With emissions reporting in disarray, blockchain provides a path forward from COP26 – Ledger Insights

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This is a guest opinion post from Kieren James-Lubin, co-founder and CEO, BlockApps

Global leaders recently discussed the state of emissions at COP26 in Glasgow and made agreements on how to move forward to hopefully limit the global temperature rise to 1.5C. Simultaneously, the Washington Post continued its reporting on the real state of emissions and rendered their promises hollow. The Post’s examination of nearly 200 country reports revealed massive discrepancies between declared emissions versus the real amount of greenhouse gases released into the planet’s atmosphere, ranging from at least 8.5 billion to 13.3 billion tons a year. This gap is big enough to impact predictions of how much the Earth will warm.

Why don’t we understand this problem in 2021, and how do we go about fixing it? The answer lies in leveraging recent technology innovations in the fight against climate change. For instance, blockchain is emerging as a powerful tool to help businesses understand what the real emissions numbers are, which the Net Zero Scotland Community highlighted in their Future Series during COP26.

Why are the real numbers so hard to determine?

There are several factors that complicate the process of measuring and tracking greenhouse gas emissions. For starters, there’s the multitude of data sources that exist throughout the supply chain, varied regulations and emissions standards across regions (never mind countries), and the diversity of formulas, calculations, and models to measure carbon emissions. 

All of this makes for a convoluted, opaque approach to measurement and reporting that prevents business and government leaders from knowing what the true numbers are. So, it’s no big surprise that there are significant reporting discrepancies. For businesses and governments to meet their net zero goals, they need an accurate way of tracking and reporting emissions – which is nearly impossible to do efficiently with current methods.

The answer lies in technology

The carbon emissions tracking process is already transforming. Connected sensors are improving data collection for carbon-emitting equipment located anywhere in the world. Advances in edge computing make it possible for data to be quickly gathered and recorded no matter the sensor’s location, offering companies a reliable data collection method that they can implement in any region.

The star of the show when it comes to accurately and securely recording and reporting on the numbers is blockchain technology. Companies need a verifiable place to record the emissions data that is accurate and can easily be referenced in case of an audit. Blockchain gives real assurance that the data inputted from other smart technologies is unaltered and stems from a single source of truth, giving stakeholders proof that data shared with them is trustworthy. Using blockchain also enables businesses and governments to better navigate the regulatory web that will only become more complex as we come out of COP26.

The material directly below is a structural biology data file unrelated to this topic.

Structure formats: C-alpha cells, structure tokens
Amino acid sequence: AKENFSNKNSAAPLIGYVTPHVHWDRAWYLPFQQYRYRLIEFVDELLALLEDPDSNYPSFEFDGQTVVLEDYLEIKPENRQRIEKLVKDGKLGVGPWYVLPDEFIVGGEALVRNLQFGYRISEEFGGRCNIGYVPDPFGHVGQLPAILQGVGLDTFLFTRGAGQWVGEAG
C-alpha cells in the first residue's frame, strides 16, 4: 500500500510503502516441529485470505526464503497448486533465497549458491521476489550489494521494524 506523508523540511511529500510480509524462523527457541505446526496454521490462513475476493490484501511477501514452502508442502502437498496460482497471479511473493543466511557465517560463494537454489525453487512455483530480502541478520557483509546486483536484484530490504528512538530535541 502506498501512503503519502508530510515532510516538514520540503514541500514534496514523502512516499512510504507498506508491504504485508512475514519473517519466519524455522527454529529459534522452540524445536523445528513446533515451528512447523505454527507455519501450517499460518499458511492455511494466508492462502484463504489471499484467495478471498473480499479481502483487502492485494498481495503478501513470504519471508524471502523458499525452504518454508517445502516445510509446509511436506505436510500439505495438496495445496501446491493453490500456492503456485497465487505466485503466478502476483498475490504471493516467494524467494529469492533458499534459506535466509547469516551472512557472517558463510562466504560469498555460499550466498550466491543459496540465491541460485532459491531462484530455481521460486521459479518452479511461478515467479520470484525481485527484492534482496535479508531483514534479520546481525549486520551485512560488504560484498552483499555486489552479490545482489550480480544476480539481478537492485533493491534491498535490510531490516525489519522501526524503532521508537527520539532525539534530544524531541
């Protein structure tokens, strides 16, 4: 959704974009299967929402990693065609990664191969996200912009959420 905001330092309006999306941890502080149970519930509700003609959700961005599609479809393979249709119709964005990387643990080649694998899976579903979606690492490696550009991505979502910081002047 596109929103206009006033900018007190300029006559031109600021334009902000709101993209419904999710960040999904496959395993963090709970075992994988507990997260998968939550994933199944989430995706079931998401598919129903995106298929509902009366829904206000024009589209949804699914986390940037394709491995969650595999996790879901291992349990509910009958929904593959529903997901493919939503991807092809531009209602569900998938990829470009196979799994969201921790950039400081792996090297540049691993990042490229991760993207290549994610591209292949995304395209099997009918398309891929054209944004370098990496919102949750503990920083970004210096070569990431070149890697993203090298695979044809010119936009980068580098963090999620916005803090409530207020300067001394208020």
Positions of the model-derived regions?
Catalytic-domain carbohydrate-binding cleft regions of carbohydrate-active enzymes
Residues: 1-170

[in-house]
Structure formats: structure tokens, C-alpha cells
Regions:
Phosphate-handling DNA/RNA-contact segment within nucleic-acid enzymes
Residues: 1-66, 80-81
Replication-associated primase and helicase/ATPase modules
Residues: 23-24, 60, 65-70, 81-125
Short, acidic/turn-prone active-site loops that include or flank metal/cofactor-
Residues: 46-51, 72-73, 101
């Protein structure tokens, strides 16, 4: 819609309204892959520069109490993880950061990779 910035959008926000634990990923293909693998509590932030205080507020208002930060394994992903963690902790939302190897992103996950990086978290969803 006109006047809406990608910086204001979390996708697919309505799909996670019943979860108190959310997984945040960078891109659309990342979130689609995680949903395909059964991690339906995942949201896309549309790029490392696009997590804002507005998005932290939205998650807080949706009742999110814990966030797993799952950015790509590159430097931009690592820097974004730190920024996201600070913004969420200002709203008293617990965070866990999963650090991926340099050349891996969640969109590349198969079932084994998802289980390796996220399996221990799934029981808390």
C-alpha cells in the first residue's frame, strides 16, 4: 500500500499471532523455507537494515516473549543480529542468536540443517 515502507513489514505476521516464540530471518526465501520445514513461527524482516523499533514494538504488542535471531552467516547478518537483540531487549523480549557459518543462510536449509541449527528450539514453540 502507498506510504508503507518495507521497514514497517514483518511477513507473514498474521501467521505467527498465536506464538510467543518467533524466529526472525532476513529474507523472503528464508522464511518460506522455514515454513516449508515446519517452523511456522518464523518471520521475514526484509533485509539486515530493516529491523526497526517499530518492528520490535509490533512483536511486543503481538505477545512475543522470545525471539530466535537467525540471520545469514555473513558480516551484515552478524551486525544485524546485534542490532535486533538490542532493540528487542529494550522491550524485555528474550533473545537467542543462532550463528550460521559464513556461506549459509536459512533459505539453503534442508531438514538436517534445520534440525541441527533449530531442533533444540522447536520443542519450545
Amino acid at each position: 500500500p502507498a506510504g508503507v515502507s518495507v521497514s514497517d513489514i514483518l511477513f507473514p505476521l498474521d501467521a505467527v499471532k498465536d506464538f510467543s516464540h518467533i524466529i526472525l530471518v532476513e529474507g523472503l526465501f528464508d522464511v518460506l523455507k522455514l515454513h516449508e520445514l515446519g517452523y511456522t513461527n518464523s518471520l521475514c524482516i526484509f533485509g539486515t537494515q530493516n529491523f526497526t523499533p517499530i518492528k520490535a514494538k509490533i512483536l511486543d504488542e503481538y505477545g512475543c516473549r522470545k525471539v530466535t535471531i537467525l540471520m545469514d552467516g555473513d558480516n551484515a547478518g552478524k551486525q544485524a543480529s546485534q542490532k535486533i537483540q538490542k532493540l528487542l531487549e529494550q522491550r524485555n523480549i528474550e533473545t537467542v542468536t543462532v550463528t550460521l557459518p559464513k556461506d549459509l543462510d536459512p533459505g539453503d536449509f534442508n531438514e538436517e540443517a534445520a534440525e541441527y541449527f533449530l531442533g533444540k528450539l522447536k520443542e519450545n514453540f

Industry example: Oil and Gas

To illustrate, the U.S. oil and gas industry has long been cutting emissions reduction estimates by as much as 50% to avoid over-reporting. What’s more, they’ve been using manual data gathering approaches and multiple sources of information with no real way to trace the path of data. In this industry, errors, even if they’re accidental, are subject to pricey fines from regulatory agencies and that will likely become even more of a factor in the wake of COP26. The industry will need to pivot to stay in line with the commitments to emissions reduction and be able to prove their work.

That need will accelerate the use of innovative technologies like blockchain for emissions tracking and engender innovative ways to be a part of the energy transition, rather than shut out from it. The climate challenges we face are dire, but they provide the opportunity for technological innovation on a level we have never seen before. Events like COP26 are useful only if they are working with the real numbers.

Blockchain can help us do better

It’s clear from the interest in blockchain as a part of COP26 that it’s gaining serious traction as a solution to the emissions data problem we’re facing, as well as getting us on a true path to Net Zero.

Without it, all the promises made and action taken to prevent further climate damage will be meaningless. While embracing these new technologies is good for individual companies and industries on a micro level, wider adoption will be critical to bringing transparency to emissions tracking to a macro level and getting a solid understanding of the true numbers, so policies and goals are clear and achievable.


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